Flexibility Is the Path of Wisdom

Wisdom Media Enjoys Life in a New Multimedia Facility in W.Va.
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Wisdom Media Enjoys Life in a New Multimedia Facility in W.Va.
Wisdom Radio's EquipmentWheatstone D-4000 console (2)

Wheatstone Bridge router

Yamaha 01V board

Enco DADpro32 (3 workstations, file server, raid array)

Musicam USA Prima 120 ISDN codec (4)

Telos Zephyr ISDN codec

Telos 2x12 phone hybrid

Orban Audicy audio editor

Orban DSE 7000FX audio editor

Fostex D-5 DAT recorder/player (3)

Panasonic SV-4100 DAT recorder/player

Panasonic SV-3800 DAT recorder/player (4)

Denon DN-C680 CD players (5)

HHB CDR850 Plus CD burner (2)

Tascam RW2000 CD burner

Sony MDS-E11 MiniDisc recorder/player

Tascam 122 MKII cassette recorder/player (3)

JBL 4208 speakers (8)

EV RE-27 microphones (9)

Neumann TLM 301 microphones (2)

Avalon AD2202 mic preamp

Intraplex STL Plus

Orban 8200ST audio processor

Eventide BD500 audio delay

Yamaha SPX-990 voice processor

Microboards Saturn II CD duplicator/printer

Telex ACC2000 cassette duplicator (3)

Sound Forge 6.0
With a global radio, TV and Internet facility operating from five buildings scattered across town, smooth operations and efficient communications can be difficult.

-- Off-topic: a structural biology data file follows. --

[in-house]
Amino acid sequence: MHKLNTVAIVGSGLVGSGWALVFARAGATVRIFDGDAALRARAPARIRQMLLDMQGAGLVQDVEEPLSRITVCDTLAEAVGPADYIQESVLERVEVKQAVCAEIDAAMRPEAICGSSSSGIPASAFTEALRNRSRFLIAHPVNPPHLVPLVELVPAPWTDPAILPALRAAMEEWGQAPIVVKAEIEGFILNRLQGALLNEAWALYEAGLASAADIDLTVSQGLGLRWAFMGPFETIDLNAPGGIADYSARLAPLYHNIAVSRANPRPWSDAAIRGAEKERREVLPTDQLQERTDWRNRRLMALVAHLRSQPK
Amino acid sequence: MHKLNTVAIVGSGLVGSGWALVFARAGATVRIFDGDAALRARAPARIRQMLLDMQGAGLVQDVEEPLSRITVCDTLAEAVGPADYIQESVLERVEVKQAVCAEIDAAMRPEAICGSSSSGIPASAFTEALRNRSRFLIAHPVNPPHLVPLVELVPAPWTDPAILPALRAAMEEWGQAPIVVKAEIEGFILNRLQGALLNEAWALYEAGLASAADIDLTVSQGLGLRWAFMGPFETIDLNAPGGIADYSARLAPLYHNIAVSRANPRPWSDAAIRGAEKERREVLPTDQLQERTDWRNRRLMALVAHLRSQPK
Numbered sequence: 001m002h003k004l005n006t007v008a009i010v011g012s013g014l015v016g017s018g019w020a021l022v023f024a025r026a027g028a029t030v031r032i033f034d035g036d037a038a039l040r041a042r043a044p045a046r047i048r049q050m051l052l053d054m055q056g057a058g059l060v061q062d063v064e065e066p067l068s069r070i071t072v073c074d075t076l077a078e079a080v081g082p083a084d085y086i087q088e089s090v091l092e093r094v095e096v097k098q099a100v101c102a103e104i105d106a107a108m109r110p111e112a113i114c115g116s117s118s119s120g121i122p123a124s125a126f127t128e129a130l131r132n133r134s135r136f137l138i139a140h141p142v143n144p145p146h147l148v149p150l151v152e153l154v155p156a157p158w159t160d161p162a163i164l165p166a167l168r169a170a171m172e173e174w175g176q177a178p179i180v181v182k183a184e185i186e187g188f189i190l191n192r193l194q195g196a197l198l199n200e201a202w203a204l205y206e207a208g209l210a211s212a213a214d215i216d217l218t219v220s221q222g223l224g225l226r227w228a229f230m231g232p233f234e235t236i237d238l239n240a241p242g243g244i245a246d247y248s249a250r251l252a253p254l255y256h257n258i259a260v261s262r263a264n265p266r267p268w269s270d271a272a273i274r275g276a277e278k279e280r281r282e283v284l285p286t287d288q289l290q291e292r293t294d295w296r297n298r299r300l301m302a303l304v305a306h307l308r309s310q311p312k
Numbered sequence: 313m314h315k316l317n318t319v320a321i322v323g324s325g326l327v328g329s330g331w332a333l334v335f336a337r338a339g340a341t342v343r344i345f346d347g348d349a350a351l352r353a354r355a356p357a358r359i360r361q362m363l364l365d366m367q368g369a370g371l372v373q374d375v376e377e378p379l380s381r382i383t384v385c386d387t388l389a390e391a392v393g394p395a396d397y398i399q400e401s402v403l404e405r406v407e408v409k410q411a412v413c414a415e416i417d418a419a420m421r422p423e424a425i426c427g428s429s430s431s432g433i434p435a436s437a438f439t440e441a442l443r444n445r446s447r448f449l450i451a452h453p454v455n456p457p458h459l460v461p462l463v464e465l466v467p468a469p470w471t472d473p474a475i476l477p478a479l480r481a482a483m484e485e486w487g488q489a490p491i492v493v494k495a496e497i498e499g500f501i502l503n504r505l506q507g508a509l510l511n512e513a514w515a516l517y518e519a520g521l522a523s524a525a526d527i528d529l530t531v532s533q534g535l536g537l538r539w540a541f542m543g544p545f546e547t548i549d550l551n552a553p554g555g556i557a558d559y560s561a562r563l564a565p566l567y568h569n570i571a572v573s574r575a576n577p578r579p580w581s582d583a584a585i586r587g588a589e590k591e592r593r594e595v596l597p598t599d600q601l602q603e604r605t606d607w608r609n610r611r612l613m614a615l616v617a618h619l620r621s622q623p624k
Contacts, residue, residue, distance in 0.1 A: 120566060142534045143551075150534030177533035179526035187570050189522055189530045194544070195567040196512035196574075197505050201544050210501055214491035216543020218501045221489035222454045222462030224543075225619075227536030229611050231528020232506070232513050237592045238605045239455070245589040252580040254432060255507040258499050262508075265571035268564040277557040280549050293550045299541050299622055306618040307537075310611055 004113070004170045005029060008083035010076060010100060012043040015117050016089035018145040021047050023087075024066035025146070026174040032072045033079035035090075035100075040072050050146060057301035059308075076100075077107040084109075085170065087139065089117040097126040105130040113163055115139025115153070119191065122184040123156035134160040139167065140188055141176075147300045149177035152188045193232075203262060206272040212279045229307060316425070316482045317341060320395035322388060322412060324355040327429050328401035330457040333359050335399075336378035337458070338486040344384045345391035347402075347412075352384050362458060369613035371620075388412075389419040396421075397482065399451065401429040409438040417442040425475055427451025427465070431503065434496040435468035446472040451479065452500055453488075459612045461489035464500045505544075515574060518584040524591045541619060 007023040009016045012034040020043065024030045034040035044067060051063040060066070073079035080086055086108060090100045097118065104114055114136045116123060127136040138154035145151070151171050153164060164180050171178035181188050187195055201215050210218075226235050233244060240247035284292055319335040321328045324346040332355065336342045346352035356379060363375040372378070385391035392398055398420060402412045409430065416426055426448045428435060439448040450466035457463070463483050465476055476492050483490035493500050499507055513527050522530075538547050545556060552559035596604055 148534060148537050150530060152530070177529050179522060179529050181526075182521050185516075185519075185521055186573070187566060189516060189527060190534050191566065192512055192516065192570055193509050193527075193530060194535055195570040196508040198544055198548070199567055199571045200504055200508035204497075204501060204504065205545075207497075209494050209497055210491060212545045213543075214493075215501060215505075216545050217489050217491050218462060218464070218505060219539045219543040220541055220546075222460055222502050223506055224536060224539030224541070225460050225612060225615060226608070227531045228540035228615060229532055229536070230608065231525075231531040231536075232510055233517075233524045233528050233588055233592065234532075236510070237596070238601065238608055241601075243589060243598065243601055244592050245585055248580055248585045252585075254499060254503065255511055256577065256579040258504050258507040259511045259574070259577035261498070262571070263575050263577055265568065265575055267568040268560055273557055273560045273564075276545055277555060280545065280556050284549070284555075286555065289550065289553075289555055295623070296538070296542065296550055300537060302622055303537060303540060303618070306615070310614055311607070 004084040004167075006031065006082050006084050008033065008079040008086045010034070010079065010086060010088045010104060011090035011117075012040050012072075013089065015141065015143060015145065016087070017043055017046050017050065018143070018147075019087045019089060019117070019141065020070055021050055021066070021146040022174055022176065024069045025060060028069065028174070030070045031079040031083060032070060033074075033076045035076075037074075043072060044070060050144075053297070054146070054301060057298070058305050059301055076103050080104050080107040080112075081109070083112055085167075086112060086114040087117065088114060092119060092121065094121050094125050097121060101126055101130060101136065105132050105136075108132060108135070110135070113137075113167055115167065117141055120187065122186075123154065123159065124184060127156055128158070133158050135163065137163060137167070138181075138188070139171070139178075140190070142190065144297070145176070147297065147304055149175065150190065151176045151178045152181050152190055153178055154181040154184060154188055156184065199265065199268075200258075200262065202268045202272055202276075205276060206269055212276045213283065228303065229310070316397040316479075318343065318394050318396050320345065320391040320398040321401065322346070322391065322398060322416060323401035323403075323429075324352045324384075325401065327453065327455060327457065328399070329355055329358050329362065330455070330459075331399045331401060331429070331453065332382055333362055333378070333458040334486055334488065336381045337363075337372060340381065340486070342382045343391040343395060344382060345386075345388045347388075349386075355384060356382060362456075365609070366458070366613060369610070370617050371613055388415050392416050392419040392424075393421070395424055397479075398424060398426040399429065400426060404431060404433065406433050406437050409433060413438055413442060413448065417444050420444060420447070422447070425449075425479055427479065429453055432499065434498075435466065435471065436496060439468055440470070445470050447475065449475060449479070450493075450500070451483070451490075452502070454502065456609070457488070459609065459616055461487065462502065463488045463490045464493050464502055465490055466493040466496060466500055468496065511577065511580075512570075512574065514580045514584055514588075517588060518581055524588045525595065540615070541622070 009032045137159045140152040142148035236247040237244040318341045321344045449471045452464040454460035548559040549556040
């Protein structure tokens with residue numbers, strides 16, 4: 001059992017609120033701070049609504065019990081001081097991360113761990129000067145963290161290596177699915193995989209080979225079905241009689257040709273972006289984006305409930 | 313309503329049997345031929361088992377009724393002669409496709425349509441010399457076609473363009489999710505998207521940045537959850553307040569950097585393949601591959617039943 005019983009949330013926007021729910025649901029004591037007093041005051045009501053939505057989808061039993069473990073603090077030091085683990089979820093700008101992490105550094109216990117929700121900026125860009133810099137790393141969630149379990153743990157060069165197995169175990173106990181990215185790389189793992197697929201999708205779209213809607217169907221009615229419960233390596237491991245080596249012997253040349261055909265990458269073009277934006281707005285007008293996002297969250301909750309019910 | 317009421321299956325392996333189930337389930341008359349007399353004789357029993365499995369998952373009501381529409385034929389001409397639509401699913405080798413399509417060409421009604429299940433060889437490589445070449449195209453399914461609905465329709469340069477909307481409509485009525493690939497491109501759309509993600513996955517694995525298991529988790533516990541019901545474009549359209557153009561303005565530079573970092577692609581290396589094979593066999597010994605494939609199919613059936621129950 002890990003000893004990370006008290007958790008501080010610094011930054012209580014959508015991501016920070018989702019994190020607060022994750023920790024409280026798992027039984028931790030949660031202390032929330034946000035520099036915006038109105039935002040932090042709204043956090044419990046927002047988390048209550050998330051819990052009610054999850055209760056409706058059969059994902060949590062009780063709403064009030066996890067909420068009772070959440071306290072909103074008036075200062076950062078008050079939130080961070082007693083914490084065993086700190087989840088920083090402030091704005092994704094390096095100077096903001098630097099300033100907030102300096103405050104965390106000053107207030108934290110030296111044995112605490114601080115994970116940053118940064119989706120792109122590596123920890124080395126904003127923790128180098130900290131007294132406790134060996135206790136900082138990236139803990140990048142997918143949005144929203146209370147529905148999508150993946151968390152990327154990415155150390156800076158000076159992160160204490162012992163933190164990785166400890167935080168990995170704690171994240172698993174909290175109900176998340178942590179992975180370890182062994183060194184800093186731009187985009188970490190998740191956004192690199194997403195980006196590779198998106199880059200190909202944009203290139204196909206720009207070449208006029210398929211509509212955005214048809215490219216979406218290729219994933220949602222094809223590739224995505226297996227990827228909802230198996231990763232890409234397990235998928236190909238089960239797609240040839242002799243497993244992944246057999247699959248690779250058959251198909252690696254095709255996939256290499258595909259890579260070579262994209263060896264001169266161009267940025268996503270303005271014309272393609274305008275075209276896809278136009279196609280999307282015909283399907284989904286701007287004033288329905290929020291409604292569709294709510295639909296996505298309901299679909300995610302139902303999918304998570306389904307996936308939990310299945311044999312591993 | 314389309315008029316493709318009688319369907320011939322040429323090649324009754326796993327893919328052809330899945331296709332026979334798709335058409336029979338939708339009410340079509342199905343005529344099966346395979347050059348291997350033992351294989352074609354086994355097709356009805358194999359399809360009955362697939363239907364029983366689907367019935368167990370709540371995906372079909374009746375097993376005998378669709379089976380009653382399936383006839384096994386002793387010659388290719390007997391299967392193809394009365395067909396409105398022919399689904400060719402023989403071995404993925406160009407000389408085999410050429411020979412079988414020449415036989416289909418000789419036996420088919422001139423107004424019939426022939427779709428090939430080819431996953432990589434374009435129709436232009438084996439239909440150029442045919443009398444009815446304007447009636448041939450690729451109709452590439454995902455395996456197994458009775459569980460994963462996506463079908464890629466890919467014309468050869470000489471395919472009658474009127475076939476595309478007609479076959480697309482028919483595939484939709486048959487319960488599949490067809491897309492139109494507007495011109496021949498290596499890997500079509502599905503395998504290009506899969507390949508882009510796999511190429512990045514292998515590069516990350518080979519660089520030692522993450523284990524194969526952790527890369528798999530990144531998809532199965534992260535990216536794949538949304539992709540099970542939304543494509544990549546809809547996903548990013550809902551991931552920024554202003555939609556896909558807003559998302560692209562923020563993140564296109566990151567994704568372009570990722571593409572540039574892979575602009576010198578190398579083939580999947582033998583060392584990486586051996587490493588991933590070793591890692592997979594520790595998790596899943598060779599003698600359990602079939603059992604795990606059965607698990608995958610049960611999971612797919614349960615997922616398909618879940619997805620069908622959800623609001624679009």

Such was the situation facing Wisdom Media, a worldwide media resource of information, entertainment and transaction services for the health and wellness community, based in Bluefield, W.Va.

Following its move into a $7 million building, Wisdom now broadcasts from state-of-the-art facilities. Work began in 2001; personnel moved into the new headquarters in November of last year.

Satellite and more

Wisdom's radio programming is broadcast over Sirius Satellite Radio and streamed on the Internet. Television broadcasts are sold to the C-band satellite dish industry, and are available via cable and satellite TV providers.

The radio side of Wisdom contains four studios: on-air, backup on-air/ production, interview and radio edit suite. Studio furniture and two D-4000 digital audio consoles were provided by Wheatstone, which also provided Wiremax wiring interfaces and the Wheatstone Bridge router.